Spicy Big Tray Chicken

by Cindi SutterFounder of The Spirited Table® - Recipe by Mark Bittman - cooking NYTimes

At Spicy Village in in Manhattan’s Chinatown, the Spicy Big Tray Chicken arrives on an aluminum tray. You eat it on a foam plate with a plastic fork or chopsticks. It’s a mound of chicken nearly afloat in a bath of dark, spicy sauce that contains star anise, Sichuan peppercorns, chile, garlic, cilantro, a few mystery ingredients and potatoes. Those of you who live in or visit New York should eat this dish whenever you can, but it can absolutely be prepared at home. It’s not precisely a simple recipe. But it’s an excellent project one. And you can improve on the ingredients. At Spicy Village, both MSG and Budweiser are ingredients. We managed to make do without the MSG and used Negra Modelo beer.

Featured in: Chinatown Surprise

3 lbs bone-in, skin-on chicken thighs and legs
2 tsp salt, plus more to taste
2 tsp, plus 1 tablespoon black pepper, plus more to taste
1 12-oz beer
1 lb new potatoes
1 to 2 quarts vegetable oil
2 Tbsp sliced garlic
2 tsp cumin seeds
2 tsp fennel seeds
1 tsp Sichuan peppercorns, roughly chopped
1 star anise, left whole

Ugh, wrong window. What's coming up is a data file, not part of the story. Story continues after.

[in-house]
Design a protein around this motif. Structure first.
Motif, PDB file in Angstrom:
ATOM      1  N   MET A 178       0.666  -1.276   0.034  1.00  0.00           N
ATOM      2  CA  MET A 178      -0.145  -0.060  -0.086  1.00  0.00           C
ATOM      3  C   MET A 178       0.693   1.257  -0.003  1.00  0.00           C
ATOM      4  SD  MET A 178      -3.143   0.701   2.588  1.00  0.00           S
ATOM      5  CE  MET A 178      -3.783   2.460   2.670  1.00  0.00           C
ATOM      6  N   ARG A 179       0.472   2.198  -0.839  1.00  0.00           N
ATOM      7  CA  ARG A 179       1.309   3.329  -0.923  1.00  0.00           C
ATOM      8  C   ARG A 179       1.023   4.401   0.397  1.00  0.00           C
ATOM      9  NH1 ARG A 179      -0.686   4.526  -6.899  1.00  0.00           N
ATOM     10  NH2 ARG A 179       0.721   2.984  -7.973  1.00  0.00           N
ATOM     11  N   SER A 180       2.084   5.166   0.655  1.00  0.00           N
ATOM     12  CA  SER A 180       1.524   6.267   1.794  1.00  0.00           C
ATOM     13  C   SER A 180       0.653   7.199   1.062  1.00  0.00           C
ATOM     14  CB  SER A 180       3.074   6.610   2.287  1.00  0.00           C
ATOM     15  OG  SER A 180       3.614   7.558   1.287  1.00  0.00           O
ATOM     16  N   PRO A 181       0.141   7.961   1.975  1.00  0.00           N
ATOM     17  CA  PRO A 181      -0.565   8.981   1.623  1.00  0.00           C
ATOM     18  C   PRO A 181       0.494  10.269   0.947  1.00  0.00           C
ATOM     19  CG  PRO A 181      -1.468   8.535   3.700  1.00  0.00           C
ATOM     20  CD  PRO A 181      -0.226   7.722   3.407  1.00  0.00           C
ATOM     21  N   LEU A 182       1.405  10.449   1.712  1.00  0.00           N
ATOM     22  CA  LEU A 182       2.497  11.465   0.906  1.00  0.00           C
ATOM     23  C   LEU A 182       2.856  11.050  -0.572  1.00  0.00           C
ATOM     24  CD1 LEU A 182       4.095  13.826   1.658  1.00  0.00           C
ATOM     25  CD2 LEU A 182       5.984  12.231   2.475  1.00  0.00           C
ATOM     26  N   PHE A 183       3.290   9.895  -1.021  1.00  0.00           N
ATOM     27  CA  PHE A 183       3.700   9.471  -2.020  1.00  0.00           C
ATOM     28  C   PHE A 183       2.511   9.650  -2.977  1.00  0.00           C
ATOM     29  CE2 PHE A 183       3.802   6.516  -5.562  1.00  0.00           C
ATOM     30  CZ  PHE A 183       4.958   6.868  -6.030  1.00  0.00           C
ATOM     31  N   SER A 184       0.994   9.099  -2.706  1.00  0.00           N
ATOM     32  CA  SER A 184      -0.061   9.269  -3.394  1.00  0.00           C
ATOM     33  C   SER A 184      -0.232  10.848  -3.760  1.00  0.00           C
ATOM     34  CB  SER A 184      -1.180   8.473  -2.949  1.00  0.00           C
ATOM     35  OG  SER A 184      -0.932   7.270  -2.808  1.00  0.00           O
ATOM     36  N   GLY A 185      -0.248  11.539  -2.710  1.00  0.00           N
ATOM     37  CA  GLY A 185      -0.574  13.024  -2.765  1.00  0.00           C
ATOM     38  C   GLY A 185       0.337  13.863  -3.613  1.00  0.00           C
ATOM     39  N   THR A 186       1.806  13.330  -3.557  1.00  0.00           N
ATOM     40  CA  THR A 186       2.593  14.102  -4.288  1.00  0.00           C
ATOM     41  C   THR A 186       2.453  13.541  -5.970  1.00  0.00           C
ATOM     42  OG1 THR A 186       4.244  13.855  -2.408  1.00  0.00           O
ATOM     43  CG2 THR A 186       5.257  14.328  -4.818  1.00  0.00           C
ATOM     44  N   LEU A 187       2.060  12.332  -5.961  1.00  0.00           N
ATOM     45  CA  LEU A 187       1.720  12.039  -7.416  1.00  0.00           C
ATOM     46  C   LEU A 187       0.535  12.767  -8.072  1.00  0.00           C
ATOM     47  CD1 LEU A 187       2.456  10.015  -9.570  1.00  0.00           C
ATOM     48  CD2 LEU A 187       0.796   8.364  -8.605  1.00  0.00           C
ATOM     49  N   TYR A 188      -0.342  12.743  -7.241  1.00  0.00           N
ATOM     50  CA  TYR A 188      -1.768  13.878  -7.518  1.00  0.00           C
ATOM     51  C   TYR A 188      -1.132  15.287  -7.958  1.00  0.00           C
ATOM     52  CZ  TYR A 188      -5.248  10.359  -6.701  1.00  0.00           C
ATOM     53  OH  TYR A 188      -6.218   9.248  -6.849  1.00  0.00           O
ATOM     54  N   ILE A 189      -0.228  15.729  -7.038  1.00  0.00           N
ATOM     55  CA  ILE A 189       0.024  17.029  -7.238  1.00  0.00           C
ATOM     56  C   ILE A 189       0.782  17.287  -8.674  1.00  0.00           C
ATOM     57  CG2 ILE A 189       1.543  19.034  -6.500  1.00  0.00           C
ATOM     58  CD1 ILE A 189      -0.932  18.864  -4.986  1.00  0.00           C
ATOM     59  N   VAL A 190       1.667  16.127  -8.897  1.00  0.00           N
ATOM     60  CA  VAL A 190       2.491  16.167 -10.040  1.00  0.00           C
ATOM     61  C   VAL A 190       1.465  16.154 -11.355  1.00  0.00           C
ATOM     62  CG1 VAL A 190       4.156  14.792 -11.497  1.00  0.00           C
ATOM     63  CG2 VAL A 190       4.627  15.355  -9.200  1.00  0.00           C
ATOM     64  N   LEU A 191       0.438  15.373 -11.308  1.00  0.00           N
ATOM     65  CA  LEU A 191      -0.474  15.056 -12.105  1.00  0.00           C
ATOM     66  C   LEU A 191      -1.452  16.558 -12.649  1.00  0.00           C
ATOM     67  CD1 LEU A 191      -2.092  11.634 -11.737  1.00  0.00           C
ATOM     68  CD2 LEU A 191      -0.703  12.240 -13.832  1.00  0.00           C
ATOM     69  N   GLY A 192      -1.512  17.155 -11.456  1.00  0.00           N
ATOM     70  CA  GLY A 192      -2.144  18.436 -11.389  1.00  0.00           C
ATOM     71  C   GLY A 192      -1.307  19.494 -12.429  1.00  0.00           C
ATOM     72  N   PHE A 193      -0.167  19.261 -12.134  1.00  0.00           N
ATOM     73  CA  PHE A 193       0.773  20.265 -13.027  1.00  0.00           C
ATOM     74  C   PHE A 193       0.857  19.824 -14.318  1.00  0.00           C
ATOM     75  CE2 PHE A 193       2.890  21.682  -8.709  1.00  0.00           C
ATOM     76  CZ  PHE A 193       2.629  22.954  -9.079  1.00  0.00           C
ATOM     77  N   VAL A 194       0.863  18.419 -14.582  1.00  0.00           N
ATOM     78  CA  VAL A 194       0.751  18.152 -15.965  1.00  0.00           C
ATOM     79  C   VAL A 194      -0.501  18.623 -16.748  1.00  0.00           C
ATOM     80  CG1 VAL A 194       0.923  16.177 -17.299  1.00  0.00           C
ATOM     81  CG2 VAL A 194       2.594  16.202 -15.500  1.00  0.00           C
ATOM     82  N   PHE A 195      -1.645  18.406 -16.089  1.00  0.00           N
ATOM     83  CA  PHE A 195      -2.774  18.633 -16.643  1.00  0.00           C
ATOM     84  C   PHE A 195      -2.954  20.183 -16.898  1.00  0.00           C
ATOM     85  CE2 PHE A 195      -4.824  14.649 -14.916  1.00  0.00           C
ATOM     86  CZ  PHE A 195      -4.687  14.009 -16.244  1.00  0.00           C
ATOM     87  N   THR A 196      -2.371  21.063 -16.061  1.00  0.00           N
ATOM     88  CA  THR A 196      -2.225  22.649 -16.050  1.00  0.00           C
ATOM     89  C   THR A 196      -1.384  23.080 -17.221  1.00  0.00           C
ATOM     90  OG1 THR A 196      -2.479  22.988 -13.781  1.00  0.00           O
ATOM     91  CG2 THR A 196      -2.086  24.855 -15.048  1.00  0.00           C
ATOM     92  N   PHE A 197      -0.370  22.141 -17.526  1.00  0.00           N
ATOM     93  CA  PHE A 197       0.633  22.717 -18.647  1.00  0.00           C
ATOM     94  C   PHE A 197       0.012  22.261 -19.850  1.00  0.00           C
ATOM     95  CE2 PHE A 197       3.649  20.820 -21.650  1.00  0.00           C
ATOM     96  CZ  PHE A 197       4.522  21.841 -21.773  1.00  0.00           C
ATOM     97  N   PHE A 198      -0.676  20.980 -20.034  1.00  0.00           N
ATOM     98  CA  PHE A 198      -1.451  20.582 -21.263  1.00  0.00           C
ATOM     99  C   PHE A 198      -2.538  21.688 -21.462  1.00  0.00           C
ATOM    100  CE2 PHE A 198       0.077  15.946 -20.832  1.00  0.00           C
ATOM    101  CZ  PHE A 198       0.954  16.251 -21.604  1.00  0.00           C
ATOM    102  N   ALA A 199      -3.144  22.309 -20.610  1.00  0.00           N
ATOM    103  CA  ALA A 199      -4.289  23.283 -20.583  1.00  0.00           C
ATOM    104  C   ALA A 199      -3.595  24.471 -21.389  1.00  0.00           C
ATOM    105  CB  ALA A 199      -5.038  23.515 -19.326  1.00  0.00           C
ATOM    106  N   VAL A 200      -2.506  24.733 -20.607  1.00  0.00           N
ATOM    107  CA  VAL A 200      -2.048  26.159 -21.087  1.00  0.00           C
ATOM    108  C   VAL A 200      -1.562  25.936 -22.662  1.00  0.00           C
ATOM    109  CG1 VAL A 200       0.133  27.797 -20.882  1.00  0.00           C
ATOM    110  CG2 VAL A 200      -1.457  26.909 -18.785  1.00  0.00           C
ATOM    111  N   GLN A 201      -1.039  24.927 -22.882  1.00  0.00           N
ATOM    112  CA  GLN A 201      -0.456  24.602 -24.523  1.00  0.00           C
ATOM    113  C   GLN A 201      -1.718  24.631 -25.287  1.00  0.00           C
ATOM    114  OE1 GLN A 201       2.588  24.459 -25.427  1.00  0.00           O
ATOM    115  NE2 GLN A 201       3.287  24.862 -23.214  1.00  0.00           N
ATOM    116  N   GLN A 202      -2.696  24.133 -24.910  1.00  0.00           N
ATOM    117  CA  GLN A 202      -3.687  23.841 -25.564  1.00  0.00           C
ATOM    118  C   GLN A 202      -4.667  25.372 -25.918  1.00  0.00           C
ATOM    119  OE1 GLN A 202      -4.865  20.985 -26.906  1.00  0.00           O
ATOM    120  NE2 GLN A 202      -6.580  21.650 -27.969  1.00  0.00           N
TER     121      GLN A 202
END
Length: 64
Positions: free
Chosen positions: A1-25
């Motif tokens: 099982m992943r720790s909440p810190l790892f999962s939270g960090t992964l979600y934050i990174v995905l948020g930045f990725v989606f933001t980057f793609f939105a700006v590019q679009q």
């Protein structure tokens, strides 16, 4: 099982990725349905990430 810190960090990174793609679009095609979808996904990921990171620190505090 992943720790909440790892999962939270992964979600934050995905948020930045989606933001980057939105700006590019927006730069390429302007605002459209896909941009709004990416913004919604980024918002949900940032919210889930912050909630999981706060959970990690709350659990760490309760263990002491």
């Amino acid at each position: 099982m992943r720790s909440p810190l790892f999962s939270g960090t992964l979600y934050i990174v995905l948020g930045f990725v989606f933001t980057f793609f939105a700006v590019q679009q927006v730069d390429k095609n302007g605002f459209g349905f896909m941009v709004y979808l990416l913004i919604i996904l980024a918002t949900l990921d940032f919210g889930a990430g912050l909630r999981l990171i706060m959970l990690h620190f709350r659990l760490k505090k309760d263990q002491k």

2 dried chiles, minced
1 ½ Tbsp Sichuan hot bean sauce
2 Tbsp dark rice wine (preferably Fujian Cooking Wine)
3 to 4 cups chicken stock or water
2 Tbsp sugar
¼ cup soy sauce
Cilantro, for garnish


  1. With a cleaver, chop the chicken into 2-inch pieces, and toss with 2 teaspoons salt and 2 teaspoons black pepper. (Use chicken scraps to make stock if you can.) Cover with the beer and marinate it in the refrigerator overnight or for at least a few hours. Cook the potatoes in salted water until nearly done; drain; cut into bite-size pieces if necessary.
  2. Heat at least 2 inches of the oil in a wok or tall, narrow pot over high heat. The more oil you use, the more chicken you can cook at one time.
  3. When the oil is hot, fry the chicken, in batches if necessary, until slightly brown; depending on your heat, this could take 1 to 5 minutes. Stir frequently. Remove with a spider or slotted spoon and let rest until cool, then fry again — up to 5 minutes depending on your heat — until nicely browned and crisp; remove. If you have the time, refrigerate the chicken before proceeding.
  4. Reduce the oil to about 2 tablespoons (reserve the rest for frying or other uses), and turn the heat to high. Add the garlic, and cook a few seconds, then add another tablespoon of oil.
  5. Add the cumin seeds, fennel seeds, Sichuan peppercorns, anise and dried chiles, and stir to combine. Add the hot bean sauce, and stir; return the chicken to the wok or skillet.
  6. Stir in the dark rice wine and 2 cups stock or water, and stir to create a sauce. Add 1 tablespoon black pepper, the sugar and soy sauce; bring to a vigorous boil.
  7. Add the potatoes, and continue to boil for another 10 to 15 minutes, adding more liquid as needed to keep the mixture soupy; you want to wind up with 1 to 2 cups sauce and tender potatoes. Taste, and adjust seasoning; add more black pepper if the taste isn’t strong.
  8. Ladle the chicken, potatoes and broth into bowls. Garnish with cilantro and serve with noodles or rice.